Alberta eliminated 60,000 public sector jobs since July 2019

Last week, I reported that Alberta has lost 300,000 full-time jobs since the Alberta government implemented their “Job Creation Tax Cut” in July 2019.

I was prompted yesterday to comb through the data to see how public sector jobs specifically have fared. For my data, I used the monthly Labour Market Notes published by the provincial government.

Here’s what I found:

And here it is in chart form:

Three months (August 2019, November 2019, and March 2020) had no data. I assumed then that there were no job number changes in those months, so I assigned each of them a zero to indicate no change.

What we see in both the table and the chart is that most changes are below the 0 line, which means more months saw job losses than those that saw job gains.

In fact, only two months (September and January) saw job increases, for a total of 9,500 job gains. But those gains were entirely wiped out by October’s job losses (10,200) alone.

Not only did more months have job losses, but the size of those losses were higher than the size of the gains. Only 1 of the 6 months that saw job losses had a job loss that was smaller than either of the months that saw job gains. Every other loss month had larger losses than the gain months.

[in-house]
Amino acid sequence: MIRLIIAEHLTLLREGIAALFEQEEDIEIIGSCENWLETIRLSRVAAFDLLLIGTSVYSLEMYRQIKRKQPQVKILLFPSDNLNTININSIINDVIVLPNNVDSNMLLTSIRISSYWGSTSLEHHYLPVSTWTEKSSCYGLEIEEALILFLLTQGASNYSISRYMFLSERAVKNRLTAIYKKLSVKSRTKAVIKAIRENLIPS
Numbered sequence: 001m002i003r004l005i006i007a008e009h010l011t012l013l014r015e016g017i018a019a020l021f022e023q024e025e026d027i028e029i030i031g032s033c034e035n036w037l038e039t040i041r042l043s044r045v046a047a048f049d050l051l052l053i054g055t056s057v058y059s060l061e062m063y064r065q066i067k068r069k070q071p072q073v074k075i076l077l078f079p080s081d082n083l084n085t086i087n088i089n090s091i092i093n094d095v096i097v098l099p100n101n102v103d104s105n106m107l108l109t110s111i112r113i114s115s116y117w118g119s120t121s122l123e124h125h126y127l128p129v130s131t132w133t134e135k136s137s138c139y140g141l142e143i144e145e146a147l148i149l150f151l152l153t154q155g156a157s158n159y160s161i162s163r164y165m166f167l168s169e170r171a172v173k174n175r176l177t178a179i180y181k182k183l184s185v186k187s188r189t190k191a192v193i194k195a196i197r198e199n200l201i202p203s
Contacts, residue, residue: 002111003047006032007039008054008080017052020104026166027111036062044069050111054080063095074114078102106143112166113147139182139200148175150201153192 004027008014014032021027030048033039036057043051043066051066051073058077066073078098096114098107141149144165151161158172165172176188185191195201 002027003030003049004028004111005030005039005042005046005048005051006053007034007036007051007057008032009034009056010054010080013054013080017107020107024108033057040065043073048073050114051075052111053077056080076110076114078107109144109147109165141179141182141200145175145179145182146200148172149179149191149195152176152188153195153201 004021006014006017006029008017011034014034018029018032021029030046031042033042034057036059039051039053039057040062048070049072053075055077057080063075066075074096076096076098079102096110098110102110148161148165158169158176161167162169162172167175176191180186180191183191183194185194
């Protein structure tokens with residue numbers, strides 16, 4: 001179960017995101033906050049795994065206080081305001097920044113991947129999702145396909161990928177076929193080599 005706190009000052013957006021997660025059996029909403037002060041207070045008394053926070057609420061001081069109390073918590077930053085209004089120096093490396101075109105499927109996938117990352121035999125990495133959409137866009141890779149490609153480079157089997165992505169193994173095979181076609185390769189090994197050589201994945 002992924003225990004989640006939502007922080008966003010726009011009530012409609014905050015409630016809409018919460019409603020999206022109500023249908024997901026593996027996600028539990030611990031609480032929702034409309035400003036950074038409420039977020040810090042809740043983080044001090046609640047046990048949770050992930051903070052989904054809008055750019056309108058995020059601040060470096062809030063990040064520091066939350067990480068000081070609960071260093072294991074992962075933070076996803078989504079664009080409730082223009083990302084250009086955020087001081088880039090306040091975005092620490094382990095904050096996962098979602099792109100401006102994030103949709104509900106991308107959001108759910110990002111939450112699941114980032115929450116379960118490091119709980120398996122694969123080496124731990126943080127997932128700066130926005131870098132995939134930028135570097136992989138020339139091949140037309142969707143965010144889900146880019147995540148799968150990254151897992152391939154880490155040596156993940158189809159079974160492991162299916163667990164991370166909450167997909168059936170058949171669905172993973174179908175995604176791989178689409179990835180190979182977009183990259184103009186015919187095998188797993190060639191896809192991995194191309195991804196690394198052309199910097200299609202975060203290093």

When you add up all the job gains and losses over the last 11 months, we find that Alberta had a net loss of 59,500 jobs.

Granted, a good chunk of those job losses were during the pandemic. Even if we constrict the data to between July 2019 and February 2020, however, we see that there was a net loss of 20,900 public sector jobs prior to COVID-19 shutting everything down.

Originally published at kimsiever.ca on 16 June 2020.

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Writer. Parent. Spouse. Radical left. Finished writing a book on capitalism. My next book is on the history of the labour movement in Lethbridge, AB. He/him.

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Kim Siever

Kim Siever

Writer. Parent. Spouse. Radical left. Finished writing a book on capitalism. My next book is on the history of the labour movement in Lethbridge, AB. He/him.

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